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VILLAGE OF ARLINGTON HTS. v. PODER

May 3, 1989

VILLAGE OF ARLINGTON HEIGHTS, as subrogee of Village of Arlington Heights Fire Pension Fund and Village of Arlington Heights Police Pension Fund, VILLAGE OF ARLINGTON HEIGHTS FIRE PENSION FUND, and VILLAGE OF ARLINGTON HEIGHTS POLICE PENSION FUND, as principal and as subrogee of Village of Arlington Heights Fire Pension Fund, Plaintiffs,
v.
LEE L. PODER and DREXEL BURNHAM LAMBERT GOVERNMENT SECURITIES, INC., a Delaware Corporation, Defendants


Ilana Diamond Rovner, United States District Judge.


The opinion of the court was delivered by: ROVNER

ILANA DIAMOND ROVNER, UNITED STATES DISTRICT JUDGE

 I. INTRODUCTION

 Three separate complaints *fn1" were filed in this case by the Village of Arlington Heights ("Village"), the Village of Arlington Heights Fire Pension Fund ("Fire Fund"), and the Village of Arlington Heights Police Pension Fund ("Police Fund") *fn2" against Lee L. Poder ("Poder"), the Village's former treasurer, and Drexel Burnham Lambert Government Securities, Inc. ("Drexel") for alleged violations of Section 10(b) of the Securities Exchange Act of 1934 and Rule 10b-5. The plaintiffs also assert various Illinois state law claims based on a theory of pendent jurisdiction. Plaintiffs claim that during his tenure as Village treasurer, Poder used the Funds' assets to complete a series of unauthorized and highly speculative trades in government securities. Drexel acted as a broker in executing some of these trades.

 Drexel moved to dismiss the federal securities claims pursuant to Fed. R. Civ. P. 12(b)(6) and 9(b). Drexel also moved for dismissal of the state law claims for lack of pendent jurisdiction, or alternatively, for failure to state a claim upon which relief can be granted. Because the complaints in this case are substantially similar, the Court shall dispose of defendant's motions in a single opinion. For the reasons set forth below, the motions are denied in part and granted in part.

 II. FACTS

 Poder was Treasurer of the Village from approximately May, 1983, to May, 1987. By statute, the Village Treasurer was the custodian of the Funds' assets. The authority to control and manage the assets of the Funds, however, is vested exclusively in their respective boards of trustees. In 1986, Poder opened accounts at Drexel in the name of the Funds. Poder allegedly had no authority to open these accounts and concealed the existence of the accounts from the Village officials and from the Funds' boards of trustees.

 Plaintiffs contend that Poder directed Drexel to execute trades in government securities and repurchase agreements. Drexel allegedly executed trades despite its knowledge that Poder was engaging in "highly speculative" trading, as opposed to "investment" trading more suitable for pension fund assets. As a result of the trading, plaintiffs sustained losses in the amount of commissions paid to Drexel, the reduction of its assets, and other consequential damages.

 Plaintiffs contend that Drexel either knew or acted in reckless disregard of the fact that Poder lacked authority to open the accounts. Plaintiffs allege that Drexel made no effort to determine whether Poder had any authority to open the accounts, nor did Drexel obtain a resolution or other documents from the boards of trustees authorizing the opening of the accounts. Plaintiffs also argue that Drexel owed them a fiduciary duty and that Drexel breached that duty by failing to inquire in a timely manner as to Poder's authority to engage in the transactions.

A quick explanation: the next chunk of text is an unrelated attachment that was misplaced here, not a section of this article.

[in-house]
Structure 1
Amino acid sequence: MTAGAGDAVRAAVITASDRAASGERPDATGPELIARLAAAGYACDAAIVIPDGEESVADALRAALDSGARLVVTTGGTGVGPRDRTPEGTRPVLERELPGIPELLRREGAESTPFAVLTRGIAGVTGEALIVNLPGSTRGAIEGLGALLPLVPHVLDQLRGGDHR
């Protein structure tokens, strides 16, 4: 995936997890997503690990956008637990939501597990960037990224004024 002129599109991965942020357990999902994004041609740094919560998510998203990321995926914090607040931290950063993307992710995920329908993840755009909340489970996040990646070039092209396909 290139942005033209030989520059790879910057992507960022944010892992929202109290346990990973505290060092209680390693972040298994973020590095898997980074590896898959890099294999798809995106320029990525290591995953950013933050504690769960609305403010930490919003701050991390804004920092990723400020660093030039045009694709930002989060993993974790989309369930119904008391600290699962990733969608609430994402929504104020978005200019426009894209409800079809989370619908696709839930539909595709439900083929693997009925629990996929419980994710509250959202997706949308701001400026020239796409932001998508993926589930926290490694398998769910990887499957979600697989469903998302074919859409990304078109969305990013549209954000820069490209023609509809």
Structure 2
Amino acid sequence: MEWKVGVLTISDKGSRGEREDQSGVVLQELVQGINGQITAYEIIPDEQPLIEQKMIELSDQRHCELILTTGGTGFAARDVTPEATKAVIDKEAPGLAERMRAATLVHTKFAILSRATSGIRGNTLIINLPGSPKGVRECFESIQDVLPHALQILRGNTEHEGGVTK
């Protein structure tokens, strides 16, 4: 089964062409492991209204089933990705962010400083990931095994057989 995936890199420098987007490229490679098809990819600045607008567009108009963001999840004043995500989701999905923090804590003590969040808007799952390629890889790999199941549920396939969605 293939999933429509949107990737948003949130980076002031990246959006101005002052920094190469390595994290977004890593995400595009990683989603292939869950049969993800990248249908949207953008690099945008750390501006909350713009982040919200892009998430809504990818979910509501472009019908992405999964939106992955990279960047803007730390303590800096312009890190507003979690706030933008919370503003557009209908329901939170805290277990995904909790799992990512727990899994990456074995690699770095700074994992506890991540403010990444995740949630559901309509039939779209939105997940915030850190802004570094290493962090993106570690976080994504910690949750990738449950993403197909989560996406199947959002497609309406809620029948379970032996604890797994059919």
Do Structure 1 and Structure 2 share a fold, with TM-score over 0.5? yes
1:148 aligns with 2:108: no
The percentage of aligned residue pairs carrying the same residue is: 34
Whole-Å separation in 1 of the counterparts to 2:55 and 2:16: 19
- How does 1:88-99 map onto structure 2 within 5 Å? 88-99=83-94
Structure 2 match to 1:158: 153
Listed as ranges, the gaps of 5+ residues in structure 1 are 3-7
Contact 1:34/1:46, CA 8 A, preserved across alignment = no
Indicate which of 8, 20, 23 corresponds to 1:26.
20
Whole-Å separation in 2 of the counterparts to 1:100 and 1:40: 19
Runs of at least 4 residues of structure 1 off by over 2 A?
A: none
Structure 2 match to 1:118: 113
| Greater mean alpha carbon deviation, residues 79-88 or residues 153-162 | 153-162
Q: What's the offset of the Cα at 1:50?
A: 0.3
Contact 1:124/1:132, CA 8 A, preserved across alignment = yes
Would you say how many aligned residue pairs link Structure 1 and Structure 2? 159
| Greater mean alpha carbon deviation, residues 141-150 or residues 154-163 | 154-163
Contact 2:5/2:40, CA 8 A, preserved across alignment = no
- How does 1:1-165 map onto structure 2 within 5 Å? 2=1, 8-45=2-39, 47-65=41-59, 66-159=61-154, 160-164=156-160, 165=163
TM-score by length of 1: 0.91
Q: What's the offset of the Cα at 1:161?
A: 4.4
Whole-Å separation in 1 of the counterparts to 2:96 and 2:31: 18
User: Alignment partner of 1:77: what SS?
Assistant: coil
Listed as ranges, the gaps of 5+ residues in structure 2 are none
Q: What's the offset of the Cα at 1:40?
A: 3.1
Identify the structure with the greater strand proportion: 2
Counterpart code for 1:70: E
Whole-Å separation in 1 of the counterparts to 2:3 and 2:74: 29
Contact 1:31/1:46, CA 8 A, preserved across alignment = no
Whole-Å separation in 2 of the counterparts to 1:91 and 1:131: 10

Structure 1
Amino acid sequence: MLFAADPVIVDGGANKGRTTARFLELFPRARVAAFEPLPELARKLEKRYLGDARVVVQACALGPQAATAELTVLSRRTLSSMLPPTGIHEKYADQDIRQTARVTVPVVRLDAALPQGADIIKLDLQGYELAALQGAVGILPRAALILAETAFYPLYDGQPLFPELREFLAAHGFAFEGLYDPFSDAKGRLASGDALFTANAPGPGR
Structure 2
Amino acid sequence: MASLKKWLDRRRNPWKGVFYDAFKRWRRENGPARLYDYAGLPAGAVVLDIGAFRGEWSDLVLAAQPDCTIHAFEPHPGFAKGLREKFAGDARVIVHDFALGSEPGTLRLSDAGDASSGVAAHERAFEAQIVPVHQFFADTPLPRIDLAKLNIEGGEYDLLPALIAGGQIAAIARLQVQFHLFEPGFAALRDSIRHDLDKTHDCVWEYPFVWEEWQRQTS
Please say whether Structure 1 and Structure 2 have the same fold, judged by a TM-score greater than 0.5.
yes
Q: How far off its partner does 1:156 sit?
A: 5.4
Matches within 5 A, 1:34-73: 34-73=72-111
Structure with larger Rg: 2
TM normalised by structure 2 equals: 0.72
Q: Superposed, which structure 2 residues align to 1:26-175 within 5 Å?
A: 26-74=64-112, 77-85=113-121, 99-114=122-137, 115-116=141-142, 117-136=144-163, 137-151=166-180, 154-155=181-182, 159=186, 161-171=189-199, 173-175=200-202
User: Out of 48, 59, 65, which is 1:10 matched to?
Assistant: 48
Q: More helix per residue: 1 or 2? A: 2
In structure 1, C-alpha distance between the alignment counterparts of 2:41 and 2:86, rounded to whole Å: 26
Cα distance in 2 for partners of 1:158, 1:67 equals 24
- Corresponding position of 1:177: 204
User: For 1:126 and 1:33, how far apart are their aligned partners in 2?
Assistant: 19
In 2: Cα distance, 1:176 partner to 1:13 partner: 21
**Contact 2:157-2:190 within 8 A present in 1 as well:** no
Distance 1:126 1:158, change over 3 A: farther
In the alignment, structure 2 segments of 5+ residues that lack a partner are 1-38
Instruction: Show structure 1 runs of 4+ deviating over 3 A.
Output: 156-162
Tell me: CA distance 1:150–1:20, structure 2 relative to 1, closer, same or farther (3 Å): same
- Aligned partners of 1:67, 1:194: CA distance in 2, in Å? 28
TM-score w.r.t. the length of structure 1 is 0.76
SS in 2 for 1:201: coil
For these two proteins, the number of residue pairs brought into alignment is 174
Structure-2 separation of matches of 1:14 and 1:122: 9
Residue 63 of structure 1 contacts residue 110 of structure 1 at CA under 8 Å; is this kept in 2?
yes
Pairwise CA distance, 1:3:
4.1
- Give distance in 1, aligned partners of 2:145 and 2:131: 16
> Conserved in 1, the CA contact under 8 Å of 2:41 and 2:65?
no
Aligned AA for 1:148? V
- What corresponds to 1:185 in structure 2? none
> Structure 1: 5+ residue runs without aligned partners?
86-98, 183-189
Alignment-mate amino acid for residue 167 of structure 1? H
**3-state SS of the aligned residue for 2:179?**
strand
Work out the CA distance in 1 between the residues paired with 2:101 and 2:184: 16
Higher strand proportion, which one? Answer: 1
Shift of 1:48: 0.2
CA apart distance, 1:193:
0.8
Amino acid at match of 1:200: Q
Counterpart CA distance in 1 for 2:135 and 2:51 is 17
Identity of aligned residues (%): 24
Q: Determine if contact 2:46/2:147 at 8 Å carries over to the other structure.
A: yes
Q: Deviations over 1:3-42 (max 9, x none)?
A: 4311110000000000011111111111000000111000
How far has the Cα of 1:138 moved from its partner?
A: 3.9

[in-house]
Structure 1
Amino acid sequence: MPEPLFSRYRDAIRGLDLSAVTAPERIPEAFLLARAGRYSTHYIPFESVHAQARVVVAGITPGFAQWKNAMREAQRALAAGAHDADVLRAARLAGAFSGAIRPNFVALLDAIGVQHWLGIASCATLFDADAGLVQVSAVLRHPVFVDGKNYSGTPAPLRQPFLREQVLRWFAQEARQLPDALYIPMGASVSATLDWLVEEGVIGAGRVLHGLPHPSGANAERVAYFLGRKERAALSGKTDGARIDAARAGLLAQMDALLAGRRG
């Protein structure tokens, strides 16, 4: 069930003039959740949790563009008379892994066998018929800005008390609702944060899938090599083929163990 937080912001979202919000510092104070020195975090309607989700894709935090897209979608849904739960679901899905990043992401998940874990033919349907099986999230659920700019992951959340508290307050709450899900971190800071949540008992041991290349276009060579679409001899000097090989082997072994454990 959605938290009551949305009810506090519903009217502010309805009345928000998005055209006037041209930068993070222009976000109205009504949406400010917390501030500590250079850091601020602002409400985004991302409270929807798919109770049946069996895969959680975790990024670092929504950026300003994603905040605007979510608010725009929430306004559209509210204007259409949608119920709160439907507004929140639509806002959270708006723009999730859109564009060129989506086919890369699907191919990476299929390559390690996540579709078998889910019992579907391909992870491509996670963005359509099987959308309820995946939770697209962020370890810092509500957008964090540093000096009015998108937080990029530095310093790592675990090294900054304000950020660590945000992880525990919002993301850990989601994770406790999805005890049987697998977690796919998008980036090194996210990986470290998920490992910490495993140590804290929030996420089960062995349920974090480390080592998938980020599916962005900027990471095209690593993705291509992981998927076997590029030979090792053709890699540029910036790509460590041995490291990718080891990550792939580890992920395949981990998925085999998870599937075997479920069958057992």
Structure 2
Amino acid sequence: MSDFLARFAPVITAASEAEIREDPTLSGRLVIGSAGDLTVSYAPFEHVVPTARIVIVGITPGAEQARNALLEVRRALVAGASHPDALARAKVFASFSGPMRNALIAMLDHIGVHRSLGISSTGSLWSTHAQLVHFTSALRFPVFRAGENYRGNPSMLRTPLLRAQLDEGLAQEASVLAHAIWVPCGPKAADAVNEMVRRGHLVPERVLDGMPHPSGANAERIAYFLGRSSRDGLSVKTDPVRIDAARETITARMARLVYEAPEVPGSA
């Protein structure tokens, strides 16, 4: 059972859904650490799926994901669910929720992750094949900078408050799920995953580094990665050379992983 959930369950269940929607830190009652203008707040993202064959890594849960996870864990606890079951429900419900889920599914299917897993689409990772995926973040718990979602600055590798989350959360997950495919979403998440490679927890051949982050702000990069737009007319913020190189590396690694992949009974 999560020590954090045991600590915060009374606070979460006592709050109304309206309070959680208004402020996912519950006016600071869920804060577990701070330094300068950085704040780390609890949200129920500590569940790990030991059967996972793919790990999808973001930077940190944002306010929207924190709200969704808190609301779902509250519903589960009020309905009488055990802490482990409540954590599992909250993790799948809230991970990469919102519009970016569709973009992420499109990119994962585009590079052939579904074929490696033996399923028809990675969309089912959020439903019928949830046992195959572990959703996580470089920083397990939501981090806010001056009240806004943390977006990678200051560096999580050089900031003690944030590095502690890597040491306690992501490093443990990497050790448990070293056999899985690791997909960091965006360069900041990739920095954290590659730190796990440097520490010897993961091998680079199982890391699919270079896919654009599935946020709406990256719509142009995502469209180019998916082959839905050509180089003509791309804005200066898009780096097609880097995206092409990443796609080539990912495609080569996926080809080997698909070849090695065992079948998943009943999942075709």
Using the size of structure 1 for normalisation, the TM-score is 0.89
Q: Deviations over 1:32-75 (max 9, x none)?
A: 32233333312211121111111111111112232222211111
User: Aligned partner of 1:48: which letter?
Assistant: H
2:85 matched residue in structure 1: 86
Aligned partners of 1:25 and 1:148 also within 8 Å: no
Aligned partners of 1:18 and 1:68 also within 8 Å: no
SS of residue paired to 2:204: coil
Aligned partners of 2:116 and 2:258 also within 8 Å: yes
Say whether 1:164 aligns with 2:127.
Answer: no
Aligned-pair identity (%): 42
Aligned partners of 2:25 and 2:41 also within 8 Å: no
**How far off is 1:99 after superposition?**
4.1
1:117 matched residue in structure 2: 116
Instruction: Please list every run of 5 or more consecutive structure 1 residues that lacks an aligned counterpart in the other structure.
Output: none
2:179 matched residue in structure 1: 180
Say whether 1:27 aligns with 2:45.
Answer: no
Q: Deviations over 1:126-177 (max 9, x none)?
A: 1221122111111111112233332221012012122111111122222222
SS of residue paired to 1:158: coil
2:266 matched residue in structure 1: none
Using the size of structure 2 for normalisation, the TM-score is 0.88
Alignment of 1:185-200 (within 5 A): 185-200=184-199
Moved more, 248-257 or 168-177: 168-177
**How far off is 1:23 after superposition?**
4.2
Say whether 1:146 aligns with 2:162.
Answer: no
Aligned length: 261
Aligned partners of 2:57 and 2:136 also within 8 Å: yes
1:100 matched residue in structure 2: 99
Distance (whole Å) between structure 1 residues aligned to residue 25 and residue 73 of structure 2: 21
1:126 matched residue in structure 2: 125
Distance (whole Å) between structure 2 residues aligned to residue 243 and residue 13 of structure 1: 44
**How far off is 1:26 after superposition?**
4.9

III. DISCUSSION

 In ruling on a motion to dismiss, the allegations of "the complaint should not be dismissed for failure to state a claim unless it appears beyond doubt that the plaintiff can prove no set of facts in support of his claim which would entitle him to relief." Conley v. Gibson, 355 U.S. 41, 46, 78 S. Ct. 99, 2 L. Ed. 2d 80 (1957). When considering a defendant's motion to dismiss, the allegations must be viewed in the light most favorable to the plaintiffs. Scheuer v. Rhodes, 416 U.S. 232, 236, 94 S. Ct. 1683, 1686, 40 L. Ed. 2d 90 (1974). Thus, the well-pleaded facts in the complaint must be accepted as true. Ed Miniat, Inc. v. Globe Life Ins. Group, Inc., 805 F.2d 732, 733 (7th Cir. 1986), cert. denied, 482 U.S. 915, 107 S. Ct. 3188, 96 L. Ed. 2d 676 (1987). See also Doe v. St. Joseph's Hospital, 788 F.2d 411, 414 (7th Cir. 1986) (allegations of the complaint, along with the reasonable inferences to be drawn therefrom must be accepted as true).

 A. Section 10(b) of the Federal Securities Laws

 Drexel's first argument is that plaintiffs fail to state a claim under Section 10(b) *fn3" and Rule 10b-5 *fn4" of the federal securities laws. Specifically, Drexel claims that plaintiffs do not allege: (1) material misrepresentations or omissions; (2) fraud "in connection with" the purchase or sale of securities; or (3) "loss causation." Drexel also argues that absent specific allegations of a special duty of trust or confidence, Drexel's only duty to its customers is to faithfully execute trades. Drexel further contends that the complaints fail to state a cause of action for aiding and abetting Poder's violations of the federal securities laws.

 1. Material Misrepresentations or Omissions


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